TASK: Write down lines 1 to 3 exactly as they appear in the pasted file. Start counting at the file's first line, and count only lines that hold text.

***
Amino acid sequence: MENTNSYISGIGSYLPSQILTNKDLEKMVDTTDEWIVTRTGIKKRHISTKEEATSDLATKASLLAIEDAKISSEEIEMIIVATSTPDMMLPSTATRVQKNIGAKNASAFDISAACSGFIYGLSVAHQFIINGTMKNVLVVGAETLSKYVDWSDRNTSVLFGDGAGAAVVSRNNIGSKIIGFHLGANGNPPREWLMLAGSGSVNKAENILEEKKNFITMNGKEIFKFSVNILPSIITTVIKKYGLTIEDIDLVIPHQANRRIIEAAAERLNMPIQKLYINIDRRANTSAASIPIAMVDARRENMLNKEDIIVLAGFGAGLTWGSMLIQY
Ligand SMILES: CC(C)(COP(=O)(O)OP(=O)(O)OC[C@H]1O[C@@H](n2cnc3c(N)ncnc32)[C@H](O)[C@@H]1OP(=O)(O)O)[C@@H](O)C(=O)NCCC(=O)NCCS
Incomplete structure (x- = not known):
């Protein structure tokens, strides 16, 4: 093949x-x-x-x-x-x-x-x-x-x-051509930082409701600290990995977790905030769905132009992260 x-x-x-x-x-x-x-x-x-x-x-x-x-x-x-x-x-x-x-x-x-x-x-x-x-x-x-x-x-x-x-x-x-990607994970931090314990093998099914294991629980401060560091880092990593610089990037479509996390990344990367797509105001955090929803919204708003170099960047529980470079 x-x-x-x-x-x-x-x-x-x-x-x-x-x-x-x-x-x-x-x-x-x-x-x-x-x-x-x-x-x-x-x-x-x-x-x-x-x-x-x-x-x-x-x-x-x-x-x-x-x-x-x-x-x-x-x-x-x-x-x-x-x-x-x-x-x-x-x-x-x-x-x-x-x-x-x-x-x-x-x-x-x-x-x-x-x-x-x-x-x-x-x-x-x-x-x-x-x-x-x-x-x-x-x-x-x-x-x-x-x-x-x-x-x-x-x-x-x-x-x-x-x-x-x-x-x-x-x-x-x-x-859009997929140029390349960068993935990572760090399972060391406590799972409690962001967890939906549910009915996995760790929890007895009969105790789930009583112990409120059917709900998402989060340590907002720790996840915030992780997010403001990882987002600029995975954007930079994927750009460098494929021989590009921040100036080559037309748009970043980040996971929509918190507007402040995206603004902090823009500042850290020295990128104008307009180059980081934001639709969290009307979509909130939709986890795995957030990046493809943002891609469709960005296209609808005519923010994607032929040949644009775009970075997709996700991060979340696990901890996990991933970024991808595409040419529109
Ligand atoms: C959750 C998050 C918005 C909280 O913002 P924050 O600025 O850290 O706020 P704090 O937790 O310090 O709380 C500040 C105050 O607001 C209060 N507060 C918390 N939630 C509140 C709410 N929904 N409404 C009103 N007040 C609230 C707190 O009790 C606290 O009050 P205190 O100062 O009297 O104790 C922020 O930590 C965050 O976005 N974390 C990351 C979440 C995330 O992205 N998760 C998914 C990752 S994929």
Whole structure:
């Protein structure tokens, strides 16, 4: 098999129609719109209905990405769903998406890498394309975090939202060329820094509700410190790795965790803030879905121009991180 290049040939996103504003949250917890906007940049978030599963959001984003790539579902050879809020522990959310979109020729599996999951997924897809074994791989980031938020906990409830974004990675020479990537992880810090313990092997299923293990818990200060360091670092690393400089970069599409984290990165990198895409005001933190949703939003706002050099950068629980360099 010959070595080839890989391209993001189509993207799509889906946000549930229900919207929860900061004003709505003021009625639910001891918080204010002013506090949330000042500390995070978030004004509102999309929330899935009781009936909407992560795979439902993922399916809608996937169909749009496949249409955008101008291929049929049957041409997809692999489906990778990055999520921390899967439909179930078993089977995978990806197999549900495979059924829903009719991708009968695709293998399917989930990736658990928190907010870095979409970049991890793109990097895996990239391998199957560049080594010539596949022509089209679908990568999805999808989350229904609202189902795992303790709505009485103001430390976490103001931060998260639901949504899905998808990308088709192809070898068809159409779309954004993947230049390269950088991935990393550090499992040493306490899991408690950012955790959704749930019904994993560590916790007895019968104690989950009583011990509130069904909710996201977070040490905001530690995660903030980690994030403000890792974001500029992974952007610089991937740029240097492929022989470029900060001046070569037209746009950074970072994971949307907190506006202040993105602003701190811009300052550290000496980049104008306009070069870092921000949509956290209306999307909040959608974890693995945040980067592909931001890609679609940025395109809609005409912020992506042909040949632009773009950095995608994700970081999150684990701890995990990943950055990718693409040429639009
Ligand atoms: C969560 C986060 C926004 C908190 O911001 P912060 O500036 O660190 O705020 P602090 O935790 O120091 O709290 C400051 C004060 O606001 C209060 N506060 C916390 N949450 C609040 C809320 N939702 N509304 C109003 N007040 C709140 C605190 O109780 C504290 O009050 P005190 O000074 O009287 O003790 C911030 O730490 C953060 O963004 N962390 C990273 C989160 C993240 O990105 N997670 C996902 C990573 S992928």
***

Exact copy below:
Amino acid sequence: MENTNSYISGIGSYLPSQILTNKDLEKMVDTTDEWIVTRTGIKKRHISTKEEATSDLATKASLLAIEDAKISSEEIEMIIVATSTPDMMLPSTATRVQKNIGAKNASAFDISAACSGFIYGLSVAHQFIINGTMKNVLVVGAETLSKYVDWSDRNTSVLFGDGAGAAVVSRNNIGSKIIGFHLGANGNPPREWLMLAGSGSVNKAENILEEKKNFITMNGKEIFKFSVNILPSIITTVIKKYGLTIEDIDLVIPHQANRRIIEAAAERLNMPIQKLYINIDRRANTSAASIPIAMVDARRENMLNKEDIIVLAGFGAGLTWGSMLIQY
Ligand SMILES: CC(C)(COP(=O)(O)OP(=O)(O)OC[C@H]1O[C@@H](n2cnc3c(N)ncnc32)[C@H](O)[C@@H]1OP(=O)(O)O)[C@@H](O)C(=O)NCCC(=O)NCCS
Incomplete structure (x- = not known):